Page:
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Spouse in the House

What could be worse than spending your workdays with an insufferable, inefficient, ineffective co-worker? Spending your days with an insufferable, inefficient, ineffective co-worker who is also your spouse.

Sounds like a nightmare, I know, but it's reality for many people — people who not only have to work with an impossible co-worker, but live with them, as well.

Spouses who work together are the subjects of a recent Work & Family article by Sue Shellenbarger in The Wall Street Journal. With prose worthy of a Stephen King novel, Shellenbarger spins scary stories of couples that have moved their relationship from the bedroom to the cubical.

"About 8 percent of small businesses started recently in the U.S. are co-owned by husbands and wives," writes Shellenbarger, referencing a survey by the Kauffman Foundation. The statistic represents a hellish situation at least partially caused by the recession. One or both partners loses their job, and figuring that the situation could not possibly get any worse, they decide to go into business together.

"Suddenly," writes Shellenbarger, "they're forced to figure out how to keep their marriages healthy while working to keep their businesses afloat."

It's OK. You can scream if you have to.

The techniques that the different couples use to reduce conflict are more comical than horrific. The VanGordons, co-owners of a painting company in Texas, throw foam balls at each other when differences arise. It's a reasonable solution, but I do worry about escalation. When the foam balls are replaced with flowerpots and baking dishes full of lasagna, it may be time to shut down the business.

One especially brave spouse profiled in the article is Jim Larson, co-owner of a mobile storage business in Wisconsin. As Shellenbarger writes, "Giving his wife a performance review is something that Jim Larson would have preferred to avoid. 'I was ready to throw up,' he says. 'That's a really difficult conversation to have.'"

I would call Mr. Larsen's characterization of his "difficult conversation," the understatement of the year.

How would you feel if you had to give your spouse a performance review? How would you feel if he or she had to give one to you? In my personal marital experience, any criticism, no matter how well meaning, can result in serious consequences. Even a truly trivial critique, like suggesting a new hairstyle would look better on a poodle, can result in a week spent sleeping in a pup tent in the backyard.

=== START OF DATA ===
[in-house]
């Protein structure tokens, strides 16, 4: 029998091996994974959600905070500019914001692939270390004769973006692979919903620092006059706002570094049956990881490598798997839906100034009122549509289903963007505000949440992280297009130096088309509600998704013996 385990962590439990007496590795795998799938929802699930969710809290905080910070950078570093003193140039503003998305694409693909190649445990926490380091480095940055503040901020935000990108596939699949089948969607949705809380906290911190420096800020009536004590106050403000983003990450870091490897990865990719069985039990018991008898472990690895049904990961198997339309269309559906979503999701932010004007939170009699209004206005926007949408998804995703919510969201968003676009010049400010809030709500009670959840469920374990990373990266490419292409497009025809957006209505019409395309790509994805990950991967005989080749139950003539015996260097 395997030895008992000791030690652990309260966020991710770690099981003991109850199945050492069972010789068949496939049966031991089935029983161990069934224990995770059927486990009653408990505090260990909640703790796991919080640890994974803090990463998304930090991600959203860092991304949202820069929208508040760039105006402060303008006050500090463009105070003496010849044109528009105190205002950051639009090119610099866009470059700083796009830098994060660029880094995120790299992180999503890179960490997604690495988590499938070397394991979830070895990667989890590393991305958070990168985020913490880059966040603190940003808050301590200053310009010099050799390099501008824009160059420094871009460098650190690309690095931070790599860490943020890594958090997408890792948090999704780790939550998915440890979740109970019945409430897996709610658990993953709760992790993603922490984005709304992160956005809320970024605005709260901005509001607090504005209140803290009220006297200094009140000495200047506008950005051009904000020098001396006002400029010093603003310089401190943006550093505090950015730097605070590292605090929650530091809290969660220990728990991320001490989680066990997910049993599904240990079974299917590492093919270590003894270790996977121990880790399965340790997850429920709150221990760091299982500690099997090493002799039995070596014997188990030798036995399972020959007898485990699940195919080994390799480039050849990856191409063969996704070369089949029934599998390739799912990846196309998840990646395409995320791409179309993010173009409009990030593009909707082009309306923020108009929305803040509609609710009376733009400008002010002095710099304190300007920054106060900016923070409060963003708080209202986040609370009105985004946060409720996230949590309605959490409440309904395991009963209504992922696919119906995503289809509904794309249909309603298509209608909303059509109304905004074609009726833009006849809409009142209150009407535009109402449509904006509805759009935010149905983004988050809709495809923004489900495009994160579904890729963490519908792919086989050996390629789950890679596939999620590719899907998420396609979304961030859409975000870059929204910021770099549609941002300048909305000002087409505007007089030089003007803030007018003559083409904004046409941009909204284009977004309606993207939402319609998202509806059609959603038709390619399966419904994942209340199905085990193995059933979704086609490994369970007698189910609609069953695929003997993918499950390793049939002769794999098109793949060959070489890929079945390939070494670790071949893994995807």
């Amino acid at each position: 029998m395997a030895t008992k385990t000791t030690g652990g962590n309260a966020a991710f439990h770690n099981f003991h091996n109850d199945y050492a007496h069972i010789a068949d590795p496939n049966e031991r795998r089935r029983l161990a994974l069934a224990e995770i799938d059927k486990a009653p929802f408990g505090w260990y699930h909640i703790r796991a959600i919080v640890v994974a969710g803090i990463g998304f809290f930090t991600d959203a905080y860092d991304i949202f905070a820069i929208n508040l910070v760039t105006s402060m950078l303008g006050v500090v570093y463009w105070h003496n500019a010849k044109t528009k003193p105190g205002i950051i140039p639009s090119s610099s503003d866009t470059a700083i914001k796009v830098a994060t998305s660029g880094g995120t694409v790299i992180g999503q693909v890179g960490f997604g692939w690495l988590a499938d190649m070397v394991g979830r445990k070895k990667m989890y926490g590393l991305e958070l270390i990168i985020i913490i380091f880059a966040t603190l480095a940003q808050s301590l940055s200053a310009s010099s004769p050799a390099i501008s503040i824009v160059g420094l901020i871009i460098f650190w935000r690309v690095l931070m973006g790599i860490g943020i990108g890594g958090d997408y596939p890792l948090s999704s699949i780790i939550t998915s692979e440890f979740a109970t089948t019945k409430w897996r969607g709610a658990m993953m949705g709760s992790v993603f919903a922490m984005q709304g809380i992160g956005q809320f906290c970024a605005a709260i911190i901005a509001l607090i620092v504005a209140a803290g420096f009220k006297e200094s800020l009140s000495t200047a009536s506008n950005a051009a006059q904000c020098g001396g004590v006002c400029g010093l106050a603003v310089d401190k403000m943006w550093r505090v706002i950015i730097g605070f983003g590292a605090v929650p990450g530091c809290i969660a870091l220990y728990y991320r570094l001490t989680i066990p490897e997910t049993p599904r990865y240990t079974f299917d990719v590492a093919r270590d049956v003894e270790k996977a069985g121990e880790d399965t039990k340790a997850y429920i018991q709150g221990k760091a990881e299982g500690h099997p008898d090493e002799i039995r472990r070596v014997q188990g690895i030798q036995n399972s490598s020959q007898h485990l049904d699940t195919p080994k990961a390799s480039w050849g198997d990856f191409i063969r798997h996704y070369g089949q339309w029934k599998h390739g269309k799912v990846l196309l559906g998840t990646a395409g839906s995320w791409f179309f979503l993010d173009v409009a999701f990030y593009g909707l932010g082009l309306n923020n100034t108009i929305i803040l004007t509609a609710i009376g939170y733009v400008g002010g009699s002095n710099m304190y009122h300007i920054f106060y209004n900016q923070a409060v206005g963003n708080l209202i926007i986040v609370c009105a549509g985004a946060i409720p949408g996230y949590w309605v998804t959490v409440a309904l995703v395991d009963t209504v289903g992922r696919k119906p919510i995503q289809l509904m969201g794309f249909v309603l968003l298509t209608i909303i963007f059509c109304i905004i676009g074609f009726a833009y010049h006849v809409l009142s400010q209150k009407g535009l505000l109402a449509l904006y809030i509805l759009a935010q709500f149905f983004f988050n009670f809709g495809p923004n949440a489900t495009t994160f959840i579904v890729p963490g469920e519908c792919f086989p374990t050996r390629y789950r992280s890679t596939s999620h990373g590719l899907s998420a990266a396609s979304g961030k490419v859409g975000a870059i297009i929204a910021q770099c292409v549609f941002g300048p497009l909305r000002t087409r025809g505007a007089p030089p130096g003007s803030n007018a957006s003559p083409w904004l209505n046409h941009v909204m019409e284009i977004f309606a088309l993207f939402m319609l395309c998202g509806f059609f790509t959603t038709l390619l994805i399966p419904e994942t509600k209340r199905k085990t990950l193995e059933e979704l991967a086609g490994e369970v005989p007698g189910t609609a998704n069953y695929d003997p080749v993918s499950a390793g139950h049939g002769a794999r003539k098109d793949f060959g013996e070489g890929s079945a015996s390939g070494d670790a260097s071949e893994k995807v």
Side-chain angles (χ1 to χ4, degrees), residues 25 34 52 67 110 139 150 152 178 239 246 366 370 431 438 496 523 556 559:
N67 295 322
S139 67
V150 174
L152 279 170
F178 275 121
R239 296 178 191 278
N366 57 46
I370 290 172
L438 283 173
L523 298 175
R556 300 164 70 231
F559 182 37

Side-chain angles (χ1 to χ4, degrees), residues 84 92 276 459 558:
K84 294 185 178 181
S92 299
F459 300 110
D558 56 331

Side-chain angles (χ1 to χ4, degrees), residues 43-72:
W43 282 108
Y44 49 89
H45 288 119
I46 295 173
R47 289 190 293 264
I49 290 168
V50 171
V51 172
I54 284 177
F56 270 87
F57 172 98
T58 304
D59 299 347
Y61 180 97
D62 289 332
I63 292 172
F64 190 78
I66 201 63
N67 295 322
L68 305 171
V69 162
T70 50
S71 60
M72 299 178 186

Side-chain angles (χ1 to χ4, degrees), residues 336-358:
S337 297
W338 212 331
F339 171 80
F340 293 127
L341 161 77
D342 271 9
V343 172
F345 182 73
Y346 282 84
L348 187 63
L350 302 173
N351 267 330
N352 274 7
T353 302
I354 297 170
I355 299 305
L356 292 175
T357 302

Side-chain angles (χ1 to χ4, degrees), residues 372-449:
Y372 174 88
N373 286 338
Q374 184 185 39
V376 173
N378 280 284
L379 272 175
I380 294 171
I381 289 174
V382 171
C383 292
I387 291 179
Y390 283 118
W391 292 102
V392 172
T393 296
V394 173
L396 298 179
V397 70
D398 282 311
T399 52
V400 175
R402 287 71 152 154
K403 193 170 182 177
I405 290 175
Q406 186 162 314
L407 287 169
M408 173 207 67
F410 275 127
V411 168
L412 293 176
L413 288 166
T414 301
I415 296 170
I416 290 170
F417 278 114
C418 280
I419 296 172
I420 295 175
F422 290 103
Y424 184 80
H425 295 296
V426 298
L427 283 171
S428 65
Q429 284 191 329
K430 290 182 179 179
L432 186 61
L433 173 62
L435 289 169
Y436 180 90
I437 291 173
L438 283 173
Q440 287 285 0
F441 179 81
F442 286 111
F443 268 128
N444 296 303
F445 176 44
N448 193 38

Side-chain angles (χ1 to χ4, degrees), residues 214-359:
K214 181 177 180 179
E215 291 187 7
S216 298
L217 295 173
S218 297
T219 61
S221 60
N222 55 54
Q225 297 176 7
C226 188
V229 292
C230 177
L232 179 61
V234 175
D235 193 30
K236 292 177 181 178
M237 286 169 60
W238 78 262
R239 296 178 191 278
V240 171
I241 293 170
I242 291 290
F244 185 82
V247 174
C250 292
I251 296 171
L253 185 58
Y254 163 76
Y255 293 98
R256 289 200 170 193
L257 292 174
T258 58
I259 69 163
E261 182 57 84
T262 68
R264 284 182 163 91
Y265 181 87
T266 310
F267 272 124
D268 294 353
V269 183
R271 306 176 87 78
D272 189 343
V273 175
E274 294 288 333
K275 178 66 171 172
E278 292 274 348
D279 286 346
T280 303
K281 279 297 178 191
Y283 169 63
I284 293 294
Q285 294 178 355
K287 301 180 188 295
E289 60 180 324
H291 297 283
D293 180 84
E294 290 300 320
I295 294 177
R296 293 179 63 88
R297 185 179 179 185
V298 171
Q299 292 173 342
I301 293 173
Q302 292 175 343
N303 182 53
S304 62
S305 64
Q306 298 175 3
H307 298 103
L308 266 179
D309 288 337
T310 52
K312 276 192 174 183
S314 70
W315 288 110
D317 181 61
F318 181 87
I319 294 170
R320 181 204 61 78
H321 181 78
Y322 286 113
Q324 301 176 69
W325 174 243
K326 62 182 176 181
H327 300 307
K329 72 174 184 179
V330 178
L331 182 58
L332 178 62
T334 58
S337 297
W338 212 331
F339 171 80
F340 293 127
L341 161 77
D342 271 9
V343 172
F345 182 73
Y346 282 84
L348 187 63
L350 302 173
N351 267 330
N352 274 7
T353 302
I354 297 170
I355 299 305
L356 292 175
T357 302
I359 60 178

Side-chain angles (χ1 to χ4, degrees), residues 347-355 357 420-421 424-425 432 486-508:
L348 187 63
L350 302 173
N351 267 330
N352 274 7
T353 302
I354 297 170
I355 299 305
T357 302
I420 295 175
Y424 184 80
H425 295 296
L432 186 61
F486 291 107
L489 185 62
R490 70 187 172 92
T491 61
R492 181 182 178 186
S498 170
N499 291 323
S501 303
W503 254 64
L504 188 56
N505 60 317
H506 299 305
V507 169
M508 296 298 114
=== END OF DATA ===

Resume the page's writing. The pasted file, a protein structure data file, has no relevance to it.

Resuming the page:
Some coupled co-owners find that no matter how compatible they are at home, their individual management styles clash in the workplace. For example, the Winterhalters of Virginia discovered that jointly managing their frozen yogurt business brought out the worst in each of them. Mr. Winterhalter, a former executive, was accustomed to giving orders. "'I don't like to the mop the floor,' he reported, but prefer to supervise others."

Mrs. Winterhalter is of a different stripe. She likes to "jump in and perform tasks herself: 'I like to mop the floor, and I think I can do a better job.'" Outside of immediately inviting Mrs. Winterhalter over to my house for what I am certain she would find a satisfying mopping experience, I must admit that I have nothing but admiration for the Winterhalters' solution to their conflict. They divided the awesome responsibilities of providing frozen yogurt to the hungry hordes with the mister working days and the missus taking command of the night shift.

It's an approach I endorse and plan to institute with my spouse, even though we work at different jobs. I'm convinced we can add a good dozen years to our married life by carefully coordinating our schedules so that we never see each other.

Of course, the real solution for getting along with your spouse at work is the same solution that works with your spouse at home. "Successful couples keep a clear separation of the roles they play in each relationship," says business coach Doug Wilder of Florida. "There is a separate rule book for each."

In other words, what works in the bedroom is likely to work in the workplace. In my own marriage, for example, we both acknowledge that I am the lord of the manor, the big boss man, the CEO. And now that my position high atop the marital org. chart is established, will someone please hand me the mop. I've got a lot of cleaning to do, and I don't want to get dinged in my annual review.

Bob Goldman has been an advertising executive at a Fortune 500 company in the San Francisco Bay Area. He offers a virtual shoulder to cry on at bob@funnybusiness.com. To find out more about Bob Goldman, and read features by other Creators Syndicate writers and cartoonists, visit the Creators Syndicate web page at www.creators.com.


1 Responses »

  1. Bob, I was laughing out loud reading your article. A little bit of humor, actually a lot of humor, helps spousal business partners survive. After all as I was quoted in the article, "It is easier to get a new business than a new spouse." And I have been reminded by several divorcees, "it is cheaper too." Keep mopping! Doug Wilder
    P.S. I read your article "Are Bosses Human?" on your website funnybusiness.com and laughed again at your description of a "coach in your pocket."